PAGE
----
Remember Peanuts, the comic? We all know how again and again Lucy would hold the football for Charlie Brown and then snatch it away at the last second when he went to kick it. And poor old Charlie Brown fell for it every time.

Charlie Brown Effect seems to be alive and well and wreaking some havoc in fundraising land.

Fundraising is down industry-wide, in some respects ominously so. That’s led to shortfalls in many organizations. But what’s making the shortfalls especially gnarly is the number of groups who enjoyed a COVID surge in giving in 2020 and 2021 and just assumed it was going to continue forever.

In my decades in this business, I have never seen a giving surge lead to sustainable increases in income, yet groups persist in assuming their windfall will be the new normal. Disaster aid groups will tell you that after a hurricane or earthquake, there’s always a giving surge, followed by a steep decline, at least until the next disaster. (The ‘Trump bump’ may look like an exception, but I would argue that the Trump bump has morphed into a broader ultra-right-wing assault on science, morality, and decency – a disaster that continues to unfold.)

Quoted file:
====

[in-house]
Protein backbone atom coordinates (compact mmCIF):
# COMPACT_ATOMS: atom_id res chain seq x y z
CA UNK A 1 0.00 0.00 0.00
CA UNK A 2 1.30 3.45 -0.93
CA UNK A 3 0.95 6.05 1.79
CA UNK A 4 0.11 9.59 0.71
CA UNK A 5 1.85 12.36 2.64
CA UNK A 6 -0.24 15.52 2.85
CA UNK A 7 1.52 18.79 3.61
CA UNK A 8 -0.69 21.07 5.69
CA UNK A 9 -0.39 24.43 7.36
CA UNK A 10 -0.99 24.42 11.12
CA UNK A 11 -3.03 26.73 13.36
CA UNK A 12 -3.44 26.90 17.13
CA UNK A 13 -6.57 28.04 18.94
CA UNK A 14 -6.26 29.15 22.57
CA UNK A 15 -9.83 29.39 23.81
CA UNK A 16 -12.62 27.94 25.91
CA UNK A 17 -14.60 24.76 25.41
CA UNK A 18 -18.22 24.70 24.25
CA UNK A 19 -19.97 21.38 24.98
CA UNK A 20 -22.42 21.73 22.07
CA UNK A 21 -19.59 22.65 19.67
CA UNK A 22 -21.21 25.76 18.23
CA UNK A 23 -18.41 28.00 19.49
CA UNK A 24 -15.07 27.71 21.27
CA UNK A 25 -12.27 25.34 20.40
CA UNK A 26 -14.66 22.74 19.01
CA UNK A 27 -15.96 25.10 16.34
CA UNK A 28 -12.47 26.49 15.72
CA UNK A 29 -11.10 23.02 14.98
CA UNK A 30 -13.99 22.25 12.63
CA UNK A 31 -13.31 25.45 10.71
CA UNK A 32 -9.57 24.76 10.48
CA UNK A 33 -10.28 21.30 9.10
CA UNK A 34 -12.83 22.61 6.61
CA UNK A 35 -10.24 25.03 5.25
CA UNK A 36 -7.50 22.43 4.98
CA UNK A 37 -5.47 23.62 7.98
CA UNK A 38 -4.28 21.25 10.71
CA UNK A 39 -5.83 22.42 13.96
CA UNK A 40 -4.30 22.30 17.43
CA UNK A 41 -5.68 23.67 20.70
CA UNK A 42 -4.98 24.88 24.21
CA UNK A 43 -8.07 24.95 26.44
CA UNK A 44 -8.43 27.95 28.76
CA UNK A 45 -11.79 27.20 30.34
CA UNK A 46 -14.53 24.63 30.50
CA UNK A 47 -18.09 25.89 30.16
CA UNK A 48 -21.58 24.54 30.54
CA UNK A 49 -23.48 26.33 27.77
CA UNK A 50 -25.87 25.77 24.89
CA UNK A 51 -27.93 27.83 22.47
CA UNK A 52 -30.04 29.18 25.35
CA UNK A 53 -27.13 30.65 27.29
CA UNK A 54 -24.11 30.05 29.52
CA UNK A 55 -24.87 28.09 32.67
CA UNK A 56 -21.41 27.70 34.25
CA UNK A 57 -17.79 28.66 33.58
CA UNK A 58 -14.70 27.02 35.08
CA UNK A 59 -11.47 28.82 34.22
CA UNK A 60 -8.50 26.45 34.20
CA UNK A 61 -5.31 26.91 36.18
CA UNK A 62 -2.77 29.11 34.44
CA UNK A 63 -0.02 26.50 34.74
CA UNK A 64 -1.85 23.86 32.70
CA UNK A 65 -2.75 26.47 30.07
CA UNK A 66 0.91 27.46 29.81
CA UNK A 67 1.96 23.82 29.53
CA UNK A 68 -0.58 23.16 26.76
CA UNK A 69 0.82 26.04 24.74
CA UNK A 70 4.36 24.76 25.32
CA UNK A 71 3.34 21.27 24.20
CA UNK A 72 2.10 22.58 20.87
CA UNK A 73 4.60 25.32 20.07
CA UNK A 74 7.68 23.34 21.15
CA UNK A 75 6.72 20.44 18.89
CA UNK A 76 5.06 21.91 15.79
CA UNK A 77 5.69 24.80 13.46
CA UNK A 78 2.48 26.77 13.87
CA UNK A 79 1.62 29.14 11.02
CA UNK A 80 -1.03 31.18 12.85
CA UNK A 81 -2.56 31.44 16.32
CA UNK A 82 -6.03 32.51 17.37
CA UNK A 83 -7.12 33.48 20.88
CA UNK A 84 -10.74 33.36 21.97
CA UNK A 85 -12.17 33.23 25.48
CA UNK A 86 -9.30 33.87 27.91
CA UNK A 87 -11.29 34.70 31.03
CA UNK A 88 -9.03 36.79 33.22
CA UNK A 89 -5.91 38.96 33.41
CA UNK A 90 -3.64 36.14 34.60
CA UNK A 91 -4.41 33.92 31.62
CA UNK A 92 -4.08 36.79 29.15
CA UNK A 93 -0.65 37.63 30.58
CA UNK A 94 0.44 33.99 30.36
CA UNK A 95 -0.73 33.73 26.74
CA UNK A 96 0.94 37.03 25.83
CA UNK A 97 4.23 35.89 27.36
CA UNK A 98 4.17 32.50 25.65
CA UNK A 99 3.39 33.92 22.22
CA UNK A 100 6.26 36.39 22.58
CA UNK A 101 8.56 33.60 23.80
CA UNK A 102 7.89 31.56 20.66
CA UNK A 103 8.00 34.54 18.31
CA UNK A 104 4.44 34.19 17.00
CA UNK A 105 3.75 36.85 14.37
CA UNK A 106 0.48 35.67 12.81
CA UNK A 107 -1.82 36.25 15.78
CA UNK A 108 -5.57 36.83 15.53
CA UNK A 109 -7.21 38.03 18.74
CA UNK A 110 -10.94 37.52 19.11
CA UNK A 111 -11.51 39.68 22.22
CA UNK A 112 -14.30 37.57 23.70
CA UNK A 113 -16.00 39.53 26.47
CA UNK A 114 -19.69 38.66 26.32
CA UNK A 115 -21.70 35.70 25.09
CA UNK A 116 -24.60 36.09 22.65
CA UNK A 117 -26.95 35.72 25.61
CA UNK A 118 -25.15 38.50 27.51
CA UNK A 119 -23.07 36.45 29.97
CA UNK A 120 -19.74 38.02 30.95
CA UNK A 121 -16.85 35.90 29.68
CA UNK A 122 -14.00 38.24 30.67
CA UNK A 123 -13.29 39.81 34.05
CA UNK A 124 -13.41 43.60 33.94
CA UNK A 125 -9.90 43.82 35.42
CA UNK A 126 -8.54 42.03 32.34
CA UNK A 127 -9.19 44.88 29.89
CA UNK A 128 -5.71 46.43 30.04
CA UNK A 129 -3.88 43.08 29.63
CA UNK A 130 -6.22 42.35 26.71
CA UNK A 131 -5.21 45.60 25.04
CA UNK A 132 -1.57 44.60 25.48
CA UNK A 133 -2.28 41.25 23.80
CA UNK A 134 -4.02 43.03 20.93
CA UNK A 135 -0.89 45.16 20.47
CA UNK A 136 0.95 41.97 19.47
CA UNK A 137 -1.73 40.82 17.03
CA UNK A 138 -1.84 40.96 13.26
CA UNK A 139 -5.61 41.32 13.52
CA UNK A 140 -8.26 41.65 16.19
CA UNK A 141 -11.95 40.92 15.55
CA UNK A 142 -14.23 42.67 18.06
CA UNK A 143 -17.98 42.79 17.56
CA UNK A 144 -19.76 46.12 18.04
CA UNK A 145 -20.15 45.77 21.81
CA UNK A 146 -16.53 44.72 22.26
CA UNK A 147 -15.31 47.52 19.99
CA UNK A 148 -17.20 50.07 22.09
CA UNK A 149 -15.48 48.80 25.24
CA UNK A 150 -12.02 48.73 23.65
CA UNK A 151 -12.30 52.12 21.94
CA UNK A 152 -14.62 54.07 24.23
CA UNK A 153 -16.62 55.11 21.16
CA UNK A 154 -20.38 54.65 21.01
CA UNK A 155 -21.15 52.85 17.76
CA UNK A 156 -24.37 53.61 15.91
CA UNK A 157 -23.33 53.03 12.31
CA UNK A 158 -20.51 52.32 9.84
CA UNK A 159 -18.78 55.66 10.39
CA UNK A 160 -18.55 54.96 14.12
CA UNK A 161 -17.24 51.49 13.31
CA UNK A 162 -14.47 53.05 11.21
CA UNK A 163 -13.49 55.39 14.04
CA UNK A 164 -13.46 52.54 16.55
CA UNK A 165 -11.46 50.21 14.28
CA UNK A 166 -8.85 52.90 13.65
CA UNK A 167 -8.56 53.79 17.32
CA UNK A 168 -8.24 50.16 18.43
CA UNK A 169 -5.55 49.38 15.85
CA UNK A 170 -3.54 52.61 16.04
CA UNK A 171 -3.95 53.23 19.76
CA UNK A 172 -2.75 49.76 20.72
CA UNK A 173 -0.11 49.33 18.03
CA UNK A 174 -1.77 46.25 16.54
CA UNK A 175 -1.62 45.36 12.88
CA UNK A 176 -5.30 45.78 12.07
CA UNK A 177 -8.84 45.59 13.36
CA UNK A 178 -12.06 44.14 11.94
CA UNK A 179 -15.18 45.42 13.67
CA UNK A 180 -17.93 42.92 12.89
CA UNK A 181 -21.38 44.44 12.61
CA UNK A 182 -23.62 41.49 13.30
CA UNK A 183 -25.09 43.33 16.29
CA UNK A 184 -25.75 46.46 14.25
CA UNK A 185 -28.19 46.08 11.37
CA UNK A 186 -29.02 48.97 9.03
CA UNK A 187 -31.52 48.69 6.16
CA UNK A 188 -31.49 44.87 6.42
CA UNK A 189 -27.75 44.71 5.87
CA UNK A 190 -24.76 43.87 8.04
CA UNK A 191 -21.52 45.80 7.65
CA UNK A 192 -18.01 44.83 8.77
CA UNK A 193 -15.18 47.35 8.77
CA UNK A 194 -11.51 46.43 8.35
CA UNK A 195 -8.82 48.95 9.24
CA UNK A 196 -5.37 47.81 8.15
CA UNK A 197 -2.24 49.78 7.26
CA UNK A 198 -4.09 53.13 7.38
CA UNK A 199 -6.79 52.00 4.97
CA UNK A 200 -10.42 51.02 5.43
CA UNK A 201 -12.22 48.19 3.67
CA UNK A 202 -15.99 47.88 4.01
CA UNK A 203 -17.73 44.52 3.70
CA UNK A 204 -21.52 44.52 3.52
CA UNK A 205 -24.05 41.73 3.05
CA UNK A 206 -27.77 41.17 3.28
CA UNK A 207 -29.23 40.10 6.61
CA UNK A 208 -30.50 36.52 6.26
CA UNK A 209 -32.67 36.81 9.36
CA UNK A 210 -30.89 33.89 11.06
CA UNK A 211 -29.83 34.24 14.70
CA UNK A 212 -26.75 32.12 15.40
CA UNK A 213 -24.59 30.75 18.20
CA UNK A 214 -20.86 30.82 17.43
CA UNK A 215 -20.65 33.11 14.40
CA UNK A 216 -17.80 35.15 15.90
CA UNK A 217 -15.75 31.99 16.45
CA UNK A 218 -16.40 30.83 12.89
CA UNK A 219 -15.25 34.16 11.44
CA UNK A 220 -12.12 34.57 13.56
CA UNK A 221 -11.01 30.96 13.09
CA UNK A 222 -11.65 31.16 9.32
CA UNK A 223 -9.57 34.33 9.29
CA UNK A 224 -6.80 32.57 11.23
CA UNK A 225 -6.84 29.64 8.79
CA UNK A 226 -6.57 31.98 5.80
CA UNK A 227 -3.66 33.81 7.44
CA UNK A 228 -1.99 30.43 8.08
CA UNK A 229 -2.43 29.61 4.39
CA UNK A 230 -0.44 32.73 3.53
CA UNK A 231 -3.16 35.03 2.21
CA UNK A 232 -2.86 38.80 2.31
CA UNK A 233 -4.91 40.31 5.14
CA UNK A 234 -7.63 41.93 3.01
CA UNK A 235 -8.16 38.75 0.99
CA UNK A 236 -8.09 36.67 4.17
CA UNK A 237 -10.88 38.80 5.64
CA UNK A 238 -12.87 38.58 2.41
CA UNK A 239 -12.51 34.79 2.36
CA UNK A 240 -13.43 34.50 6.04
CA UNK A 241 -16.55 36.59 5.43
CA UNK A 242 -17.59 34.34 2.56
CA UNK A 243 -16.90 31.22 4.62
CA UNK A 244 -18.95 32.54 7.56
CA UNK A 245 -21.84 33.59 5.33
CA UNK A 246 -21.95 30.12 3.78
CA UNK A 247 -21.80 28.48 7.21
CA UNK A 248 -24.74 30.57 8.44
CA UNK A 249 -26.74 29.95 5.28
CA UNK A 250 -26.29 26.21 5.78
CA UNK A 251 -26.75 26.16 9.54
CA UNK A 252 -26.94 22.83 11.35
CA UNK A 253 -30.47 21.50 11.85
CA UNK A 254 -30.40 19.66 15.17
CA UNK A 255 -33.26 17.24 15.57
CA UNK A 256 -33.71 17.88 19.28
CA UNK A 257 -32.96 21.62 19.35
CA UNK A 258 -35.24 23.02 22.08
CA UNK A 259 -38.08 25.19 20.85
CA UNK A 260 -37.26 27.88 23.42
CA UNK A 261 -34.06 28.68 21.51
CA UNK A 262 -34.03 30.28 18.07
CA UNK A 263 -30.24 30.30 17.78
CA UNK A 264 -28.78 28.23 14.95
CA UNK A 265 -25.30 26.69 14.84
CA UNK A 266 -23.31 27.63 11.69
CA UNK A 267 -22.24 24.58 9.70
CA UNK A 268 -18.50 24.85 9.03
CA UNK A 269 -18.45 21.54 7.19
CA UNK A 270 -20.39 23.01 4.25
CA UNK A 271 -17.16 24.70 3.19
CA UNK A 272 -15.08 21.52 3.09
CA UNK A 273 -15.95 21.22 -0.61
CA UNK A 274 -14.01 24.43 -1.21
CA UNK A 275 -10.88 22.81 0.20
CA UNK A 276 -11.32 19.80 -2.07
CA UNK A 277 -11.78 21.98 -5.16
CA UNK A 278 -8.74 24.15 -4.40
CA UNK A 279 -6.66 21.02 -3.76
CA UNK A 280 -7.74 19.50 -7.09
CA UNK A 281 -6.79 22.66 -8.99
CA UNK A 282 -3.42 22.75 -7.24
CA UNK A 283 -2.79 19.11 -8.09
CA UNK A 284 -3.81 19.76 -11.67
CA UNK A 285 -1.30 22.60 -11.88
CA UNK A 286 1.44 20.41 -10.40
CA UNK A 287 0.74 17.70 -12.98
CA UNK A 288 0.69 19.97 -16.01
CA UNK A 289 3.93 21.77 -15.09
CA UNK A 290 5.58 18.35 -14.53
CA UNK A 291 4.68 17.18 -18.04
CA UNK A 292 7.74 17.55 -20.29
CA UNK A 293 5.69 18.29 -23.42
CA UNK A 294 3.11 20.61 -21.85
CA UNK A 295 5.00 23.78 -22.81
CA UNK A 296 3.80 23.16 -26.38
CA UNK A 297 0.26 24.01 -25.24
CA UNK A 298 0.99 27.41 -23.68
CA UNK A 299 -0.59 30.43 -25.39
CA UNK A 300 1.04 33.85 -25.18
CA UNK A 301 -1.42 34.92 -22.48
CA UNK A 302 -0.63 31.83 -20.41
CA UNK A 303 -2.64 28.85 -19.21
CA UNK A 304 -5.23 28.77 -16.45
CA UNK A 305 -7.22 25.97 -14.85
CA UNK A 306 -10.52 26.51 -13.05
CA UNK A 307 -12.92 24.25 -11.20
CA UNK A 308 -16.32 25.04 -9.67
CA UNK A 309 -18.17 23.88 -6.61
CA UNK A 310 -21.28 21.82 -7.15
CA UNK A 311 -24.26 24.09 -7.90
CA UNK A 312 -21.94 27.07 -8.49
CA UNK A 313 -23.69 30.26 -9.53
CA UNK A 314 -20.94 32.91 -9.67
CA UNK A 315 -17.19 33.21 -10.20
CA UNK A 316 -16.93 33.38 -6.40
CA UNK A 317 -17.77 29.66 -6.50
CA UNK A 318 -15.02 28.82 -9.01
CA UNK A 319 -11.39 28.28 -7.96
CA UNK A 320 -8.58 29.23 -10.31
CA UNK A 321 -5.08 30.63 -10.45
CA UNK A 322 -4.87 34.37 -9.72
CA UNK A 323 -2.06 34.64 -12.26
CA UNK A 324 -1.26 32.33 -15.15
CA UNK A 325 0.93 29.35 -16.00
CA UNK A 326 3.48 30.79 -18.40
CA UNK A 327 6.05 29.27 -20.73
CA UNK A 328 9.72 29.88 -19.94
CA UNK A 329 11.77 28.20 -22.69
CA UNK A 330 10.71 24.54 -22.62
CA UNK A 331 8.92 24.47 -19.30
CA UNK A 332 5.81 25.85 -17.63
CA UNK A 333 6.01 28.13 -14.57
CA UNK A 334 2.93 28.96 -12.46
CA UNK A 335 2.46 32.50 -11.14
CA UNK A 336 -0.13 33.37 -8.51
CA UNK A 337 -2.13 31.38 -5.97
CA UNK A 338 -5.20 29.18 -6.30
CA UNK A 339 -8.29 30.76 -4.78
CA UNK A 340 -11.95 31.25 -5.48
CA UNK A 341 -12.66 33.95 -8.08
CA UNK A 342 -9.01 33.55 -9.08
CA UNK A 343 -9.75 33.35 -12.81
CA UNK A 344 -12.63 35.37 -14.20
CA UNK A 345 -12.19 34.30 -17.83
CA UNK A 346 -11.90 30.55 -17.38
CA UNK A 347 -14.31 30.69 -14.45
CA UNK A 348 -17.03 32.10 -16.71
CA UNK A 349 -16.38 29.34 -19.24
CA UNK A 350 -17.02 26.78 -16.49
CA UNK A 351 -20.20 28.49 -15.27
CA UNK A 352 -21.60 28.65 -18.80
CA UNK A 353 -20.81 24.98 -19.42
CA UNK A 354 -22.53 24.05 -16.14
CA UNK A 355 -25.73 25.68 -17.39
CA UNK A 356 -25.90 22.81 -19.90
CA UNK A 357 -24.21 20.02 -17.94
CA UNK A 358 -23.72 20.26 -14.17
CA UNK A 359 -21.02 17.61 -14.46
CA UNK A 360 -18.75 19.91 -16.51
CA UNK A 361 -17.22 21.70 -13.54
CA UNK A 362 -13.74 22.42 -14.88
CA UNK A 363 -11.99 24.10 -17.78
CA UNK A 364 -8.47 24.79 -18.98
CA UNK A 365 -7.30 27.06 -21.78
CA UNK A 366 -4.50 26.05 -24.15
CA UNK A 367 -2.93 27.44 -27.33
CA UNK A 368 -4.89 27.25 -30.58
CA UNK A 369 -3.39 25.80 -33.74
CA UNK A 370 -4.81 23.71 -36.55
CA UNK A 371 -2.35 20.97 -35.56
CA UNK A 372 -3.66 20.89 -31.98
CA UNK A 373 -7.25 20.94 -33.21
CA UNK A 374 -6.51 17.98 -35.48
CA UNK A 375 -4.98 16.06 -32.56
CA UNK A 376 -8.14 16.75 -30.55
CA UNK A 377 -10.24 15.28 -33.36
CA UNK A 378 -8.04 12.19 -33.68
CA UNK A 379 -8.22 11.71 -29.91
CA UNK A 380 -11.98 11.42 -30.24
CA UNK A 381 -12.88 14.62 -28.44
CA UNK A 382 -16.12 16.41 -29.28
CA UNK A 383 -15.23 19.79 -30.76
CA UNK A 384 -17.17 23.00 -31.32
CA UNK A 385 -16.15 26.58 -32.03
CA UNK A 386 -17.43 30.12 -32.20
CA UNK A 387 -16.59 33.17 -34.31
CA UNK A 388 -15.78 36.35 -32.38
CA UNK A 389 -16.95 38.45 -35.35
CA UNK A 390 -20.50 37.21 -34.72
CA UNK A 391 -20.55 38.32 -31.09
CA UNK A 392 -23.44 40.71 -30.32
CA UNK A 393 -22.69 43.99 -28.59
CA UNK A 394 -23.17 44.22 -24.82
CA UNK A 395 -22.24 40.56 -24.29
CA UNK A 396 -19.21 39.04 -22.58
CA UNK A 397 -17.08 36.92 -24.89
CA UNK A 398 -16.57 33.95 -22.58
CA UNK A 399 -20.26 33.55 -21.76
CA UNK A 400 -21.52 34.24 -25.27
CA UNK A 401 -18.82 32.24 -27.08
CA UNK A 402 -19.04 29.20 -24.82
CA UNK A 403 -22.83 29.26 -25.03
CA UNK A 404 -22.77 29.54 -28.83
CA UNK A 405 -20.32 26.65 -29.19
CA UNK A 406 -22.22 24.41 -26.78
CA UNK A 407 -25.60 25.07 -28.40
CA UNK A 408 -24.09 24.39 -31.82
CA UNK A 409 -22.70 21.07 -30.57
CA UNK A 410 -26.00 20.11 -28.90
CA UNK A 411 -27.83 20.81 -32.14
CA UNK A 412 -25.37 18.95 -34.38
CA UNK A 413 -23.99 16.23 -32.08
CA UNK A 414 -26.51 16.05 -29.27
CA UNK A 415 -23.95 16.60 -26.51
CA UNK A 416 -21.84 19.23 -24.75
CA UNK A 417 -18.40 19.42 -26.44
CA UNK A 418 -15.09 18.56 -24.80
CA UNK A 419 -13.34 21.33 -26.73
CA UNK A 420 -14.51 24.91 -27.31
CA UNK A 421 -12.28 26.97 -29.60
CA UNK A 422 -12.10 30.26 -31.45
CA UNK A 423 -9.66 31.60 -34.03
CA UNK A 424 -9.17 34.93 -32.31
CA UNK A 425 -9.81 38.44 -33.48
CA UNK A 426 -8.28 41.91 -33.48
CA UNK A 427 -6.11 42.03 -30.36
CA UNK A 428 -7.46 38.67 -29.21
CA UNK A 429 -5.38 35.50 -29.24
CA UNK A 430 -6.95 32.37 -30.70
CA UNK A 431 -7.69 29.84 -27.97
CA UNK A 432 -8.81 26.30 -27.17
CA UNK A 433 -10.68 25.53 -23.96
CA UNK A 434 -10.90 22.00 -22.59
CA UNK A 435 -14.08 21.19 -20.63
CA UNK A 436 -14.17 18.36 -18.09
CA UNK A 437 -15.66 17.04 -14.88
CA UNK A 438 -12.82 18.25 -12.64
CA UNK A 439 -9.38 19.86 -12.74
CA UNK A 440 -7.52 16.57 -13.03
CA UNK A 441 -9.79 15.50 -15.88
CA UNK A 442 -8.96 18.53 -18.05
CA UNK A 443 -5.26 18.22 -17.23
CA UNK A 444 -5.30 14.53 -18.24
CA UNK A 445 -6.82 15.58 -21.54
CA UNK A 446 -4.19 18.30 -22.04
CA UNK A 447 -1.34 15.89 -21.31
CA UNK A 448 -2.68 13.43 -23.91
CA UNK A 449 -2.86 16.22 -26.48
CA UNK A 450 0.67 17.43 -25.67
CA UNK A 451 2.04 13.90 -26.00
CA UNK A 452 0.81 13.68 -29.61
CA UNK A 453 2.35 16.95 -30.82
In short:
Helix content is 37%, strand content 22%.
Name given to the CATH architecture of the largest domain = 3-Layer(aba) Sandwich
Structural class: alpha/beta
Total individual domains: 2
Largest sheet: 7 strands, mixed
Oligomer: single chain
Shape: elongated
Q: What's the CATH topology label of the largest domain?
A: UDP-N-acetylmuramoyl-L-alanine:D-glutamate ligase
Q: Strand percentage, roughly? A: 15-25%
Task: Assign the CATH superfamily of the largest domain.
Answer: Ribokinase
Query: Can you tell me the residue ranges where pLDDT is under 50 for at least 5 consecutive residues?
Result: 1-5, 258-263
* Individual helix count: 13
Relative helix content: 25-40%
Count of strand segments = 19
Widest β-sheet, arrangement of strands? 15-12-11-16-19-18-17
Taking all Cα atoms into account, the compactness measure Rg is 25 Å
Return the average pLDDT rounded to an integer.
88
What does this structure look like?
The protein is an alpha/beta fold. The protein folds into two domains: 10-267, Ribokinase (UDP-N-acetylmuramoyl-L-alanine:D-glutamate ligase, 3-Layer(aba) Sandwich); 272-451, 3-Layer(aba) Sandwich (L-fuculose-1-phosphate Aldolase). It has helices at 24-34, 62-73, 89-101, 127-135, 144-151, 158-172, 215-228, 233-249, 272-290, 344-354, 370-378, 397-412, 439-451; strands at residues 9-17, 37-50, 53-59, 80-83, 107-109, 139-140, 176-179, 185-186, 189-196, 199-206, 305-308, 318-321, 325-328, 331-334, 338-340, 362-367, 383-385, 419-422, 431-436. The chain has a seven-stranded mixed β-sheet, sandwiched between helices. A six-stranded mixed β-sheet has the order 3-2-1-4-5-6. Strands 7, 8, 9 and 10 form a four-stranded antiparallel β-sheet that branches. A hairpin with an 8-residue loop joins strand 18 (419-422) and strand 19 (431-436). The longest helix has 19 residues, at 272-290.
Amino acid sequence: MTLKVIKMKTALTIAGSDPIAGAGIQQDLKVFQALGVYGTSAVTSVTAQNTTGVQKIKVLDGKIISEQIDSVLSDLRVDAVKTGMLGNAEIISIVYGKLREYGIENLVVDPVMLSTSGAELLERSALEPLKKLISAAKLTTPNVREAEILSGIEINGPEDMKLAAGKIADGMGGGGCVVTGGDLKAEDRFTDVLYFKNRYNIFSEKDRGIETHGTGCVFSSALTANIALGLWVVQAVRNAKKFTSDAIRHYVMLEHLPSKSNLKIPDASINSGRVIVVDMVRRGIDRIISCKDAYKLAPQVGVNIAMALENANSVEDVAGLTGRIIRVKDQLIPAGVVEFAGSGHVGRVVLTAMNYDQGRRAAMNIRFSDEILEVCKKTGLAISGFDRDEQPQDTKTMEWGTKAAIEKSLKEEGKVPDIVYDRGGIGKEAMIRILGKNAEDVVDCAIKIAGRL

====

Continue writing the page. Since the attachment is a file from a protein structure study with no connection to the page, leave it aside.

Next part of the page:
So here we are, again, with hand-wringing and drastic cutbacks because fundraising is down just when some expected it to go up. My guess is that these expectations are coming from the C-level and not the fundraisers. Most fundraisers know that a surge of donors driven by an event like COVID, 9/11, or some other finite catastrophe is a windfall, not a watershed.

Meanwhile, there’s another, perhaps bigger fundraising crisis as a system built for another generation slowly loses steam. A conversation for another day.